Once we accept that the volume challenges associated with 3D printing can be overcome, we need to consider the potential clinical benefits of this method of drug manufacturing. Various possibilities exist ranging from greater access to medications, especially in developing countries and remote areas due to the decentralized production at the point-of- need, to customized and/or personalized attributes that will ultimately lead to improved treatment adherence. If 3D printing of medications does improve treatment adherence, that will be of significant clinical benefit. Roberts emphasized that one of the primary challenges to successfully treating chronic diseases is treatment adherence. For example, SPRITAM holds the promise of increasing treatment adherence among certain subsets of epileptic patients who have difficulties swallowing pills. One can imagine that personalization of pills could improve the likelihood that children in particular would take their medications. With 3D printing, a child could choose a color, flavor, and/or shape of their pill. Furthermore, personalization of medications may provide particular benefit for patients who have to take multiple pills a day, such as the elderly, by improving the ease of patient use. Polypills such as the one developed in Roberts’ laboratory, which contain five medications, would allow a patient to take only one pill rather than five. These polypills would also deliver personalized doses that can be of considerable benefit, as currently some patients need to cut pills that come in standardized doses in order to receive the correct dose.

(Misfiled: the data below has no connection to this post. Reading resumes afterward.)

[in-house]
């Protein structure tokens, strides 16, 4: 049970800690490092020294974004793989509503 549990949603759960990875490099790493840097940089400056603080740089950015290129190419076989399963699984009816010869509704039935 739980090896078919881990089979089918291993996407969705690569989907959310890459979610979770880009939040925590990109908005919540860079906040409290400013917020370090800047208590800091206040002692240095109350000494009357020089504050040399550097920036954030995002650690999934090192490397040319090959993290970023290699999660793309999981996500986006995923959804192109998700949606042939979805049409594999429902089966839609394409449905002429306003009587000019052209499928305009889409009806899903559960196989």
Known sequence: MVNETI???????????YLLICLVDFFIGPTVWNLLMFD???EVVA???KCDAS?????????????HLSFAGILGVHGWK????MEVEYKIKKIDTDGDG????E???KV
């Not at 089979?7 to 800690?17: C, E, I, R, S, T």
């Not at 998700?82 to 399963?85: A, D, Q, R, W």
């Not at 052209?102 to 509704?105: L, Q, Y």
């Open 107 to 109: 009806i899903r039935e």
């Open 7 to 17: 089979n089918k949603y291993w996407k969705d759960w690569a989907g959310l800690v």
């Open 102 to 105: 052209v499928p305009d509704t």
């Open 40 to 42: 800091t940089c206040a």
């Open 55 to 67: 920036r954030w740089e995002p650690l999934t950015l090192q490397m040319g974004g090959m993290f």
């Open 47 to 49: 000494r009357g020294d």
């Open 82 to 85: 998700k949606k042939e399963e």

Another benefit is the ability to create solid-form medications at patient-specific doses. Currently, numerous medications that have a patient-weight-specific dose must be administered intravenously in a supervised setting. Thus, the 3D printing of medications could reduce the need for such infusions, allowing an improved patient experience and requiring fewer healthcare resources.